Week 118 — Window Washers

Omaha, 2016; Fuji X-T2; Fuji 35mm f/2; 1/950s; f/8; ISO 200

There are a couple areas that I’ve been struggling with in my street photography of late: incorporating people and creating depth.

Not incorporating people into street photography is kind of an amusing problem to have, as a lot of people would probably argue that it’s not really street photography if there isn’t a human element to the image. But whatever. My definition of street photography is more expansive than most. Anyways, the combination of being in a relatively low-traffic city, the fact that I’m still a little gun-shy about shooting strangers, and my focus on urban minimalism shots has all but eliminated people from my images lately. That’s not necessarily a bad thing, but I think to many people images are generally more powerful if they include a human element. I’m ok with making low-impact urban minimalism images that entertain myself and few others, but I think it’s worthwhile to hone my skills of shooting humans as well.

This image is a gateway drug for shooting people. The man in this image is far away and isn’t paying attention to me, so I didn’t have to contend with any social anxiety (aside from weird looks from other pedestrians). And this is essentially an urban minimalism picture with a tiny human element layered on, so I didn’t even have to switch out of the urban minimalism mindset when creating this image.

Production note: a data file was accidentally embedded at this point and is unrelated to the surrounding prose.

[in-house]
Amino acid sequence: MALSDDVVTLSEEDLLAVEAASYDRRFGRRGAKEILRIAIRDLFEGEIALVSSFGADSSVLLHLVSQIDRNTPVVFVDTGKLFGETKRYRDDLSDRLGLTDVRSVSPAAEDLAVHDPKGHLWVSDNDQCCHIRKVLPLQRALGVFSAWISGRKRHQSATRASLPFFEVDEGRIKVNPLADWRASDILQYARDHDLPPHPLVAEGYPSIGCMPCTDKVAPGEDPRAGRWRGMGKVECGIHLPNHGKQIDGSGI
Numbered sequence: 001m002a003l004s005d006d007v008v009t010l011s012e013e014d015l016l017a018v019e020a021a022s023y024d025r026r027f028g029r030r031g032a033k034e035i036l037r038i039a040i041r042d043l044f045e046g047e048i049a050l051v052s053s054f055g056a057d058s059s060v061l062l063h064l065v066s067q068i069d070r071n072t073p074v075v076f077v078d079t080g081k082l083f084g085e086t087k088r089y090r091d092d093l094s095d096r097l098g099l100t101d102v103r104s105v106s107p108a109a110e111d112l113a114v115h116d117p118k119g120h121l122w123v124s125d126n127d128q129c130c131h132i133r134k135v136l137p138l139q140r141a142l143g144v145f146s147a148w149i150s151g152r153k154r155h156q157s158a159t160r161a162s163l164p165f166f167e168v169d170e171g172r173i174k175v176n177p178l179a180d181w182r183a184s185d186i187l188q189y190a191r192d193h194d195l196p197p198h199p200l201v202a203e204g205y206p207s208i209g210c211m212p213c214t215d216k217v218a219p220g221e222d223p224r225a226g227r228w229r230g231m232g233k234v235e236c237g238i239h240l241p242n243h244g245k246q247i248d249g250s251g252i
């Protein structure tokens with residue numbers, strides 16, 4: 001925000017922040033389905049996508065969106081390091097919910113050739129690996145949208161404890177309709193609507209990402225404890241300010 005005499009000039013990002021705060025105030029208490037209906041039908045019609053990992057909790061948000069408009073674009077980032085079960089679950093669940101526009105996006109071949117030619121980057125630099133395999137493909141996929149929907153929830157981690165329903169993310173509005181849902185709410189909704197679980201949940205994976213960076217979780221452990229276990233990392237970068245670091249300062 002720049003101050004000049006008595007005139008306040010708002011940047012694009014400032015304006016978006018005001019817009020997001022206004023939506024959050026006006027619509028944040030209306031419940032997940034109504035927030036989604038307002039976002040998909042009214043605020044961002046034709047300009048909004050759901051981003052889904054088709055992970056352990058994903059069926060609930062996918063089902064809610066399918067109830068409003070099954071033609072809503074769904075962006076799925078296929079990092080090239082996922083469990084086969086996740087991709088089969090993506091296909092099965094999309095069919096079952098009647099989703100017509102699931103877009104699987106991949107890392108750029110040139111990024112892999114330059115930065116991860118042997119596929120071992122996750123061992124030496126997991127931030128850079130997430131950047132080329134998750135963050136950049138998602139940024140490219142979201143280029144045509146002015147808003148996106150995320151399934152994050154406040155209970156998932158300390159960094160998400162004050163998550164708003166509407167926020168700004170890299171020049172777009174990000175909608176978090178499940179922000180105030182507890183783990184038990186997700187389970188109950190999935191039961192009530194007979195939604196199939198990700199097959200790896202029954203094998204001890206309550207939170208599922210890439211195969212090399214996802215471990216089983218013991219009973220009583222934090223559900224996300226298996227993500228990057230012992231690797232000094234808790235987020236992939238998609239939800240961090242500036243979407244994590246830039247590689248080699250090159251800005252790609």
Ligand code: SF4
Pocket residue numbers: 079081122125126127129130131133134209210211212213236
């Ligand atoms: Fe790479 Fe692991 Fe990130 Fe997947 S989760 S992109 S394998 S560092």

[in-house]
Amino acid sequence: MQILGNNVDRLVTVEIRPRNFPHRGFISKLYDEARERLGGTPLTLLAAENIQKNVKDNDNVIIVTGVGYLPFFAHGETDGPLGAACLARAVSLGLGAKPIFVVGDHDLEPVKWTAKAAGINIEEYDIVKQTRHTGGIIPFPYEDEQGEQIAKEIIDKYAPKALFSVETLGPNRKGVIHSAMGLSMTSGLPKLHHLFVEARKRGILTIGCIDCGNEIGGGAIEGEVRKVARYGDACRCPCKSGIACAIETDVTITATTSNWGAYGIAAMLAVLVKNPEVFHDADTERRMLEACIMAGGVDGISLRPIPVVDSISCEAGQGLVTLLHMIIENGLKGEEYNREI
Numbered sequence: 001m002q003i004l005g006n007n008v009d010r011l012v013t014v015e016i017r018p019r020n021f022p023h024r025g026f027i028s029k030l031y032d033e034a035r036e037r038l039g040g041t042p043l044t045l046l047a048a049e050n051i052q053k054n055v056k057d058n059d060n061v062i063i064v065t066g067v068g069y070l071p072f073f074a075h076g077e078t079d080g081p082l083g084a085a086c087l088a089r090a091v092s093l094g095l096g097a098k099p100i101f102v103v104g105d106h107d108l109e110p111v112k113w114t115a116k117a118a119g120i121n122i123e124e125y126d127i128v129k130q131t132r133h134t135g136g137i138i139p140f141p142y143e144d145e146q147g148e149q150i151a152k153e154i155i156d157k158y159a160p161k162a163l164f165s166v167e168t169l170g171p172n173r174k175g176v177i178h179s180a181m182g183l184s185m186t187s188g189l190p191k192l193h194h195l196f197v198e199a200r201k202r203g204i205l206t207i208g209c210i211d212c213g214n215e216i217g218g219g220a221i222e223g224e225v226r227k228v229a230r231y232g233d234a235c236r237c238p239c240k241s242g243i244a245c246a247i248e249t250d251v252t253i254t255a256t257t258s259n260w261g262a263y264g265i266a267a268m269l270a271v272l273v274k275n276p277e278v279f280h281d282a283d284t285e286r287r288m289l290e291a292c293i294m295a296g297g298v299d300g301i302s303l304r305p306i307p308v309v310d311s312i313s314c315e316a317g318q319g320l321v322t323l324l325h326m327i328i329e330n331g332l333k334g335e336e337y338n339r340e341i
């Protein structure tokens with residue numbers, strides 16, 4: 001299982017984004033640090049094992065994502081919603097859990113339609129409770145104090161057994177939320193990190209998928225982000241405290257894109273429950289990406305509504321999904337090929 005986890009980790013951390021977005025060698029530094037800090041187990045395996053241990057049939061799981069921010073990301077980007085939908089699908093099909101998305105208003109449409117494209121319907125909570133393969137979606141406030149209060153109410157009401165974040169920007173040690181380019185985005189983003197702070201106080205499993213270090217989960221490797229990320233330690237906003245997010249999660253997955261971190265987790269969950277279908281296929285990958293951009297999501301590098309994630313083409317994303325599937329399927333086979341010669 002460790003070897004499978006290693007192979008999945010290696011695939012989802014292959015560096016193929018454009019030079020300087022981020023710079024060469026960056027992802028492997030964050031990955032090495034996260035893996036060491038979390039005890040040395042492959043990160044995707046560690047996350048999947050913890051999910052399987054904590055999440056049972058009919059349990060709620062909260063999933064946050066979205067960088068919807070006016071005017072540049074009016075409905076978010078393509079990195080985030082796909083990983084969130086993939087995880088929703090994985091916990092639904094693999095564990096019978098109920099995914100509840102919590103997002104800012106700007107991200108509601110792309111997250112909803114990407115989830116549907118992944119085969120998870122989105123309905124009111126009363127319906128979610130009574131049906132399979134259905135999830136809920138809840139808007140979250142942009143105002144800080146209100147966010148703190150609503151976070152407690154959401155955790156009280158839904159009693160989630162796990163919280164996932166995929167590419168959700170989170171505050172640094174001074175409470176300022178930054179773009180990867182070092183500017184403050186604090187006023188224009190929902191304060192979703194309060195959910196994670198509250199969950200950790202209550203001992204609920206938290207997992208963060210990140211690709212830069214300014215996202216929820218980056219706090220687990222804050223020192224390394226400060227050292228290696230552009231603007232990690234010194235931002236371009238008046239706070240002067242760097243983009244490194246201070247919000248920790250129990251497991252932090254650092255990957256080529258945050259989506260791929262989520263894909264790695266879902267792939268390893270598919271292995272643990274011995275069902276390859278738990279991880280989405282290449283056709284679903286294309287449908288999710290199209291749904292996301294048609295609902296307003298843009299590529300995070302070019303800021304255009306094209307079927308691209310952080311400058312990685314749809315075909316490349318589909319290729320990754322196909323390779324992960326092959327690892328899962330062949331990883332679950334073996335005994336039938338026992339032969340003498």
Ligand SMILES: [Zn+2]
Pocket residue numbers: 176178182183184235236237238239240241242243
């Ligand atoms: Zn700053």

The other struggle of late (creating depth) is also related to the fact that I’ve been making a lot of urban minimalism images lately. Minimalism tends to overlap with compressing perspective and creating a very 2-D look. I have a lot of fun shooting like this. Most images try to preserve the 3-D-ness of our world in a 2-D medium…and they usually fail. So it’s refreshing to just say “screw it” every once in a while and turn our 3-D world into something that’s as 2-D as possible.

This image is kind of weird in the sense that it’s pretty 2-D, but there’s also just enough depth to make the image especially interesting (to me, anyway). Oddly enough, the depth is added by the human element. In this case, this nice window washer allowed me to kill two birds with one stone.

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